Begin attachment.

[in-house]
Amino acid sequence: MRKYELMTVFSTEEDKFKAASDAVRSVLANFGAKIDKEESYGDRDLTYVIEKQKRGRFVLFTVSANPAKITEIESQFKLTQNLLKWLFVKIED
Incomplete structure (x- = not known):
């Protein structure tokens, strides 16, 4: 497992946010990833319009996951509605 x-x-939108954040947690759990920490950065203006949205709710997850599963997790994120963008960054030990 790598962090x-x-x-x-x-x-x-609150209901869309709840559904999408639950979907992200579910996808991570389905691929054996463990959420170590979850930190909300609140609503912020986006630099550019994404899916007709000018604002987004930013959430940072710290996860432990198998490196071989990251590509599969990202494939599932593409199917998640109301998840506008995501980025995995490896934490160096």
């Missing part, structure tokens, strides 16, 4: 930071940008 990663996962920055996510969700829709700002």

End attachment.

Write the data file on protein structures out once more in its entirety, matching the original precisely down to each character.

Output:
[in-house]
Amino acid sequence: MRKYELMTVFSTEEDKFKAASDAVRSVLANFGAKIDKEESYGDRDLTYVIEKQKRGRFVLFTVSANPAKITEIESQFKLTQNLLKWLFVKIED
Incomplete structure (x- = not known):
């Protein structure tokens, strides 16, 4: 497992946010990833319009996951509605 x-x-939108954040947690759990920490950065203006949205709710997850599963997790994120963008960054030990 790598962090x-x-x-x-x-x-x-609150209901869309709840559904999408639950979907992200579910996808991570389905691929054996463990959420170590979850930190909300609140609503912020986006630099550019994404899916007709000018604002987004930013959430940072710290996860432990198998490196071989990251590509599969990202494939599932593409199917998640109301998840506008995501980025995995490896934490160096």
């Missing part, structure tokens, strides 16, 4: 930071940008 990663996962920055996510969700829709700002």